Prime Minister Vladimir Putin, left, looks at the tranquilized five-year-old Ussuri tiger as researchers put a collar with a satellite tracker on the animal in a Russian Academy of Sciences reserve in Russia's Far East on Aug. 31, 2008.
Alexei Druzhinin—AP
December 5, 2014 1:47 PM EST

Russia’s latest border incursion has farmers on edge in northeastern China, where the authorities have banned them from climbing, hiking and collecting wood in a mountainous area where the two nations meet.

The border has been breached by two large Siberian tigers that were personally released into the wild with much fanfare by Russian President Vladimir Putin.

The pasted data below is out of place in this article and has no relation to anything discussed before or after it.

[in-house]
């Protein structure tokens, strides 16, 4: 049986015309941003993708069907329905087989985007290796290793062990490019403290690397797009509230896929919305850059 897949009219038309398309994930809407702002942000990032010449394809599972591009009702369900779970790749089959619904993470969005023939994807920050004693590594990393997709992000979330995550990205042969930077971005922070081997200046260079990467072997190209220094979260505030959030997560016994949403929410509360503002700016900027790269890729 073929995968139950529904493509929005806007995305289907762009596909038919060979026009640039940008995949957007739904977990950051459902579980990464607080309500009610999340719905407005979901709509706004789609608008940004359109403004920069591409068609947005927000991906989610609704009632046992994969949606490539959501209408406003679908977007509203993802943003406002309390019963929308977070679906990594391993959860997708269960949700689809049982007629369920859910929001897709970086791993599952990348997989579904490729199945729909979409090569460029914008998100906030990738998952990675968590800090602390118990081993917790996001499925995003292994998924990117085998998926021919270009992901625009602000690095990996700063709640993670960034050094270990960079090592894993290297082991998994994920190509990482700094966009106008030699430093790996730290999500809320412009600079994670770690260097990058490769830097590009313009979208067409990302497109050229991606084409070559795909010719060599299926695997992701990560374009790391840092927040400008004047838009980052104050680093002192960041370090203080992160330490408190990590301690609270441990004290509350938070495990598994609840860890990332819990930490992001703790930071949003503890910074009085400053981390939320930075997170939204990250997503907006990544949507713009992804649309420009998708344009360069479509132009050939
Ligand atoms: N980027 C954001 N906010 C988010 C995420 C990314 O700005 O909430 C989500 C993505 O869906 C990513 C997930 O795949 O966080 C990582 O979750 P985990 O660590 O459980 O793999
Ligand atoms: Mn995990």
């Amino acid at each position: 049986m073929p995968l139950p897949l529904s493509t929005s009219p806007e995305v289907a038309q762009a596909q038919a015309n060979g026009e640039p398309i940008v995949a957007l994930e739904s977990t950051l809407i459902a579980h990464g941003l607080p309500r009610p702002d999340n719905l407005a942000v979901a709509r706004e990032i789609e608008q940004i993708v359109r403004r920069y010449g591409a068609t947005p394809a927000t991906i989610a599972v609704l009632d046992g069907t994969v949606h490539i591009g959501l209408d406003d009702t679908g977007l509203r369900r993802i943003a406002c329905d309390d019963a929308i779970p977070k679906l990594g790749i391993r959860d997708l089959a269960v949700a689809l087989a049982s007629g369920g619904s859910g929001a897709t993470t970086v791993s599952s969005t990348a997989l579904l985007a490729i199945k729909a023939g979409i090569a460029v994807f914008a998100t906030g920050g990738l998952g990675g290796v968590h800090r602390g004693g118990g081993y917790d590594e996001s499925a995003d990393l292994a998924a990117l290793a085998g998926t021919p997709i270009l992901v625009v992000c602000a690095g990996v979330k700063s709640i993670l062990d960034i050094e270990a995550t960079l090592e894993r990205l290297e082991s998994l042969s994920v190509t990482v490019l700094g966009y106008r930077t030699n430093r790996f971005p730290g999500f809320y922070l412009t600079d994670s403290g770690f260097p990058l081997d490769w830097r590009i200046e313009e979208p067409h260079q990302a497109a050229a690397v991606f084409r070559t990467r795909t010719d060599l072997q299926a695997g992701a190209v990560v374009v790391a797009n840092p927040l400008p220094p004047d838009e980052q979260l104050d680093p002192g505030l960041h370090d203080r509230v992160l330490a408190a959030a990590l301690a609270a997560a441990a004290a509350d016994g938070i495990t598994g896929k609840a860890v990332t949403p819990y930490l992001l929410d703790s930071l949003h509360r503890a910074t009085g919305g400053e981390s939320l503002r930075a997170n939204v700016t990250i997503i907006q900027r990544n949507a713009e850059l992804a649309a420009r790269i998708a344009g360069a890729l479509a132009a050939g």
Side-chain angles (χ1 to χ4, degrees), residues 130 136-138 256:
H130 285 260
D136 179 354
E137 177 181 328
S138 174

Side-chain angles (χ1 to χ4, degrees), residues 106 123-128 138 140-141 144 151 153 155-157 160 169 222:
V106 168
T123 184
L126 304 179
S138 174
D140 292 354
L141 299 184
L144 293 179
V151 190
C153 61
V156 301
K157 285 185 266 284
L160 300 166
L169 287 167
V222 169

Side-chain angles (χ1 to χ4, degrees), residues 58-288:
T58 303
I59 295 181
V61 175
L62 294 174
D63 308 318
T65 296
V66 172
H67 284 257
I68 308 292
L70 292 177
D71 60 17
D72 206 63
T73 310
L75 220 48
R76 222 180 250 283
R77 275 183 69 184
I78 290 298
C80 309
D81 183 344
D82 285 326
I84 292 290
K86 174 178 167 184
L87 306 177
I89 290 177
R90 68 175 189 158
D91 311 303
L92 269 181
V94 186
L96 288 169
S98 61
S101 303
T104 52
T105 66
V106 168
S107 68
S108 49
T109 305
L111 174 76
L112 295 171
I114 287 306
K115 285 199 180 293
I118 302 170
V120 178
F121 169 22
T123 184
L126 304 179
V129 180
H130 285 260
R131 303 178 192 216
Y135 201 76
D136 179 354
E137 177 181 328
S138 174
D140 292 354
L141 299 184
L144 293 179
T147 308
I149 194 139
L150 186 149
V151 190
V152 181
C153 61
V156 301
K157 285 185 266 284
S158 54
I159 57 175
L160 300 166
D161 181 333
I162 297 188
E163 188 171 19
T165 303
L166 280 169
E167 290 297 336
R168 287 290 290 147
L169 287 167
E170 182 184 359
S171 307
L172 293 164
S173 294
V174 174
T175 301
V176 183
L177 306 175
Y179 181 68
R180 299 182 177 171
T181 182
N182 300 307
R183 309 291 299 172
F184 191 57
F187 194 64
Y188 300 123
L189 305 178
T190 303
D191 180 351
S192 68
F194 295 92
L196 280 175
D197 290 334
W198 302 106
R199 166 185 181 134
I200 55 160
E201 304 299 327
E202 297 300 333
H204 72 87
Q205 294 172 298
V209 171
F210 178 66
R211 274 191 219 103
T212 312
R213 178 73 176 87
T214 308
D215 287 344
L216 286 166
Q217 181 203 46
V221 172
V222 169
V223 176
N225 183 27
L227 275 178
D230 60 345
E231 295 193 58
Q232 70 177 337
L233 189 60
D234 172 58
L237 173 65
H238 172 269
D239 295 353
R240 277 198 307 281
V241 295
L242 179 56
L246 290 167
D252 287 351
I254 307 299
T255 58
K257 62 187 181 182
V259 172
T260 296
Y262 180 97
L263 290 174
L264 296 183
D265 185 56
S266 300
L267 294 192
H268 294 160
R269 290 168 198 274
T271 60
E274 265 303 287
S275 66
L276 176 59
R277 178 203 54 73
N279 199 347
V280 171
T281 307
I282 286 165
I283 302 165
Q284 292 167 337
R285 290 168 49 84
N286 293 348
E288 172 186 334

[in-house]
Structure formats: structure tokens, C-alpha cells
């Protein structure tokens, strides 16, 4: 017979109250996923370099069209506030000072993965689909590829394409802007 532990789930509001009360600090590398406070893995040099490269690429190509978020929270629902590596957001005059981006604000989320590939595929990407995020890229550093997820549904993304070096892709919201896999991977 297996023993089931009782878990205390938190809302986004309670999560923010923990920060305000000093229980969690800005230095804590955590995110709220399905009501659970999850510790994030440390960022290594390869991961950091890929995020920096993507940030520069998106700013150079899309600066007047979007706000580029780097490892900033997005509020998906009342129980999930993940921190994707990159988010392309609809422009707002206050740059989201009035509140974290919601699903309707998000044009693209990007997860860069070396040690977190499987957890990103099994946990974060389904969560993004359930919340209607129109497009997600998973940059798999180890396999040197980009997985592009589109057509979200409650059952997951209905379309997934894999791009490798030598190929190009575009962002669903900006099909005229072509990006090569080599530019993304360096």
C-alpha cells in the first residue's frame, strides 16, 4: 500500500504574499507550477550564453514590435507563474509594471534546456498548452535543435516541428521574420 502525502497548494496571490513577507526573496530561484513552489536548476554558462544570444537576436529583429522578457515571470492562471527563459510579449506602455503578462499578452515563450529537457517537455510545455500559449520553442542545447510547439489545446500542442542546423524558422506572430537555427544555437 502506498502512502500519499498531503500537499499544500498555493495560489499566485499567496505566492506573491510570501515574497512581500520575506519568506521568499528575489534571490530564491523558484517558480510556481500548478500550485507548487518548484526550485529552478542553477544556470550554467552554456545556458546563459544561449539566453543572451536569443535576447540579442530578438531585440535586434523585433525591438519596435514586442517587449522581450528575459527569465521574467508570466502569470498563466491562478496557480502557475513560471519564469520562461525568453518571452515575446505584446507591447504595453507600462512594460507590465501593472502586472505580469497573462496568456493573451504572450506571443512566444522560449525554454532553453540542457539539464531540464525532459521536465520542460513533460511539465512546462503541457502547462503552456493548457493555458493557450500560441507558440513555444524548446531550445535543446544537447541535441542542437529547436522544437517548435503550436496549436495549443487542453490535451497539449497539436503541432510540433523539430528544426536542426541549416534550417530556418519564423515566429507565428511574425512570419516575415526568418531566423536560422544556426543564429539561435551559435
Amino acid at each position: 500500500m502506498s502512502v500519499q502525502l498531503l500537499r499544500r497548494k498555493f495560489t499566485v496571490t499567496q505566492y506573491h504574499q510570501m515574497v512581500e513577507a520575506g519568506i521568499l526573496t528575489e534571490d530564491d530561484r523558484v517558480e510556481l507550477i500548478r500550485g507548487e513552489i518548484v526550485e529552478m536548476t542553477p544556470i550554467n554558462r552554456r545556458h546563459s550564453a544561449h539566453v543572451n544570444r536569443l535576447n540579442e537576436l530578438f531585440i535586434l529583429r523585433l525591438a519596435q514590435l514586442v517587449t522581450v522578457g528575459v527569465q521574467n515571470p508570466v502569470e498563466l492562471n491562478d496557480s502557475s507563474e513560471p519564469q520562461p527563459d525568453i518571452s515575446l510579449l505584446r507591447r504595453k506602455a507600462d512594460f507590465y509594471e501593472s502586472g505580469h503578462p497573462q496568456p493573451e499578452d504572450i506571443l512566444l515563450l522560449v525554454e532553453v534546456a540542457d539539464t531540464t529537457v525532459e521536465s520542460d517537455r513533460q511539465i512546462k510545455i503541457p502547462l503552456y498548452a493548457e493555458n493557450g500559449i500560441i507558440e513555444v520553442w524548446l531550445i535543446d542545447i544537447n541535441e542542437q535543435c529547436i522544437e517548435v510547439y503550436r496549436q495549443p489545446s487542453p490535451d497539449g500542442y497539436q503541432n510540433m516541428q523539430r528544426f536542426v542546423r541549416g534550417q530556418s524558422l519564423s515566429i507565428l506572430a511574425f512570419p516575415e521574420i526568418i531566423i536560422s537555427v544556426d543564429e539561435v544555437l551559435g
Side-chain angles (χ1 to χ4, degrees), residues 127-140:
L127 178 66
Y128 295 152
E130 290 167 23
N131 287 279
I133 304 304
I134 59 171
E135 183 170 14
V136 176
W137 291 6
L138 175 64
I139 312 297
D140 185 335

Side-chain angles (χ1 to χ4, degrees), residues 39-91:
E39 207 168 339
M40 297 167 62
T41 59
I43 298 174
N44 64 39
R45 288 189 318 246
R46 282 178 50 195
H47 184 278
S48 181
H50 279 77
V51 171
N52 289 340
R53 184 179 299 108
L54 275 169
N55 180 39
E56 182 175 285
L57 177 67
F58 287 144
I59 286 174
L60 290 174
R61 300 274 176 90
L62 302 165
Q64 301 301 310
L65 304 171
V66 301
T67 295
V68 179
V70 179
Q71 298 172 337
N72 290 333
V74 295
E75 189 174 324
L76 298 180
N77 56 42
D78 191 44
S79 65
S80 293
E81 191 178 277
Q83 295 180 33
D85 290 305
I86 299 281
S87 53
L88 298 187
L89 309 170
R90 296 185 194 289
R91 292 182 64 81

Both appear to have an appetite for Chinese food: One of the duo, called Ustin, went on a killing spree earlier this week, leaving 15 Chinese goats dead. Three more are missing.

Its partner in crime, Kuzya, crossed the border a month earlier…

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